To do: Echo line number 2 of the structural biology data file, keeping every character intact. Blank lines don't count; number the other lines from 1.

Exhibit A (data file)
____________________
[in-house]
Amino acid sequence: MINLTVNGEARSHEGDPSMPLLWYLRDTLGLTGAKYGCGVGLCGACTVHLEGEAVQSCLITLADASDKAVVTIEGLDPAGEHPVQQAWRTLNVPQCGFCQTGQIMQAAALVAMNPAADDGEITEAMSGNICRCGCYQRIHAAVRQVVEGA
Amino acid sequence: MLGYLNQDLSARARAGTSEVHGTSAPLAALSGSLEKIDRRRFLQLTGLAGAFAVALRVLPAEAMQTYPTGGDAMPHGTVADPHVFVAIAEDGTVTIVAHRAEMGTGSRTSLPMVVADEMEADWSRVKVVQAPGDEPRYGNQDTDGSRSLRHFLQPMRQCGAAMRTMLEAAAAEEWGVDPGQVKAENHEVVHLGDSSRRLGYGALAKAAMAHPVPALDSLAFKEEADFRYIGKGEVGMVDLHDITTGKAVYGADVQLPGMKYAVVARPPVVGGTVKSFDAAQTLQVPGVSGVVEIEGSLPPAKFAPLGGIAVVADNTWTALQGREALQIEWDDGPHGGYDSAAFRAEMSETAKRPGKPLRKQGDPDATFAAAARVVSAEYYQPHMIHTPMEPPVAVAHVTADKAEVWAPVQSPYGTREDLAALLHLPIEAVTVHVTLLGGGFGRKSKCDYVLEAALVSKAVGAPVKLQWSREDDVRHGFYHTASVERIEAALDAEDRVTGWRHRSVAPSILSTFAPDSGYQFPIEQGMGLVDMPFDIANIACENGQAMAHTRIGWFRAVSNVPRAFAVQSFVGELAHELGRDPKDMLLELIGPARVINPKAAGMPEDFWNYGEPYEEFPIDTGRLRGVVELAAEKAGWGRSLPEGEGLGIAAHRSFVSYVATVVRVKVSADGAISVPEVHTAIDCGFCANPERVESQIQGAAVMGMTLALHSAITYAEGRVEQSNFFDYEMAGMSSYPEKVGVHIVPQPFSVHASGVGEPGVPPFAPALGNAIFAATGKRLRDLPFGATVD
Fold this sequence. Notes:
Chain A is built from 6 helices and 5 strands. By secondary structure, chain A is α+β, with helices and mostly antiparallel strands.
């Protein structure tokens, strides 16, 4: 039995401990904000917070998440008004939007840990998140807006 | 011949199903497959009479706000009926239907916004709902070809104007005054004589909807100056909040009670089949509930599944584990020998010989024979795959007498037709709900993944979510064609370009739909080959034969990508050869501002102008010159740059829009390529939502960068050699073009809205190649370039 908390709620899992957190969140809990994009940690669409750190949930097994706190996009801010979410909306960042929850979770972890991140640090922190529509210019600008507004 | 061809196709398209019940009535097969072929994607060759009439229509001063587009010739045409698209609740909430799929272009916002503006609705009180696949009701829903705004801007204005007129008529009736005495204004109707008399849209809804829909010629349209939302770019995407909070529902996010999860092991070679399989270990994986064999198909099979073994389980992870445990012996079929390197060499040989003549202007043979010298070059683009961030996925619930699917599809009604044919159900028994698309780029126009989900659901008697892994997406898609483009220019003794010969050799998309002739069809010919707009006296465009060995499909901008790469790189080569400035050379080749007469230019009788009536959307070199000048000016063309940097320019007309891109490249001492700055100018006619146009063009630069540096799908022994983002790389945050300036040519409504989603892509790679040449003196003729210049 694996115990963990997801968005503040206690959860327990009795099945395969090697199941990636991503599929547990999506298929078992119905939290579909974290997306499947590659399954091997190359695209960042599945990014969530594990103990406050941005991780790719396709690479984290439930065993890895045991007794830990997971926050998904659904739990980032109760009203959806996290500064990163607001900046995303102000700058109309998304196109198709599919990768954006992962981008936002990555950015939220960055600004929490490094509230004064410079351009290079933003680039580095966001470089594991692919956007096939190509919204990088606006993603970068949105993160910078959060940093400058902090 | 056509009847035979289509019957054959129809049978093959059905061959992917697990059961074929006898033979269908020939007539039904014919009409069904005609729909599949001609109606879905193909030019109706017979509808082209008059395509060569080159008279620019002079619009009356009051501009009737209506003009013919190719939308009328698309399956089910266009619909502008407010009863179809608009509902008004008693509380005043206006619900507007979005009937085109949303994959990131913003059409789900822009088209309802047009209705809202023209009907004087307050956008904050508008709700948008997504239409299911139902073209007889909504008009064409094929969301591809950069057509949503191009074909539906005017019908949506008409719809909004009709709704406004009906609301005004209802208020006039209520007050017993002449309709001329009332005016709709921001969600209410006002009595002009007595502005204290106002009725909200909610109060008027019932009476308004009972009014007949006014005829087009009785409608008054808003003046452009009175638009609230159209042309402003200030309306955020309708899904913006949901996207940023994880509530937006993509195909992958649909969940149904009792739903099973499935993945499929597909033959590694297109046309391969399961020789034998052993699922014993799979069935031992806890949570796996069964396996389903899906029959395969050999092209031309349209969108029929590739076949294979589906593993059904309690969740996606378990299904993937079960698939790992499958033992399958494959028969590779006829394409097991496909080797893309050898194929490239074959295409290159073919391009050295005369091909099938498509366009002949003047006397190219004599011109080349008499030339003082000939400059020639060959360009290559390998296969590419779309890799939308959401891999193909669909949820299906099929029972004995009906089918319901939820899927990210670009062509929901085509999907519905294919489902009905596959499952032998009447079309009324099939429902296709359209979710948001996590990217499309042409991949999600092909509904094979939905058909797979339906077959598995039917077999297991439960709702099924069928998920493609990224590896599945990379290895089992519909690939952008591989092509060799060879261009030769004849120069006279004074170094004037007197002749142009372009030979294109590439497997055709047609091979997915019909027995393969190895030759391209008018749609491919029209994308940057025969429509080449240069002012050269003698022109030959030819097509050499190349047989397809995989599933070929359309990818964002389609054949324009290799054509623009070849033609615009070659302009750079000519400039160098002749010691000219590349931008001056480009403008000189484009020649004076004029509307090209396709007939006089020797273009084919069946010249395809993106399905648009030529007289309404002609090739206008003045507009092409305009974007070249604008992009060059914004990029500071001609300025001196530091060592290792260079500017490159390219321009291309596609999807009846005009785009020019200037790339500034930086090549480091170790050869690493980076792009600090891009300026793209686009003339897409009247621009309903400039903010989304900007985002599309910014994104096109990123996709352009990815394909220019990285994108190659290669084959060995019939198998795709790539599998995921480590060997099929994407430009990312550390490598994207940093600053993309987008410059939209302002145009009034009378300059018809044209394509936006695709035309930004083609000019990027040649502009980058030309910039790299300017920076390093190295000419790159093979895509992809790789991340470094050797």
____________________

Amino acid sequence: MINLTVNGEARSHEGDPSMPLLWYLRDTLGLTGAKYGCGVGLCGACTVHLEGEAVQSCLITLADASDKAVVTIEGLDPAGEHPVQQAWRTLNVPQCGFCQTGQIMQAAALVAMNPAADDGEITEAMSGNICRCGCYQRIHAAVRQVVEGA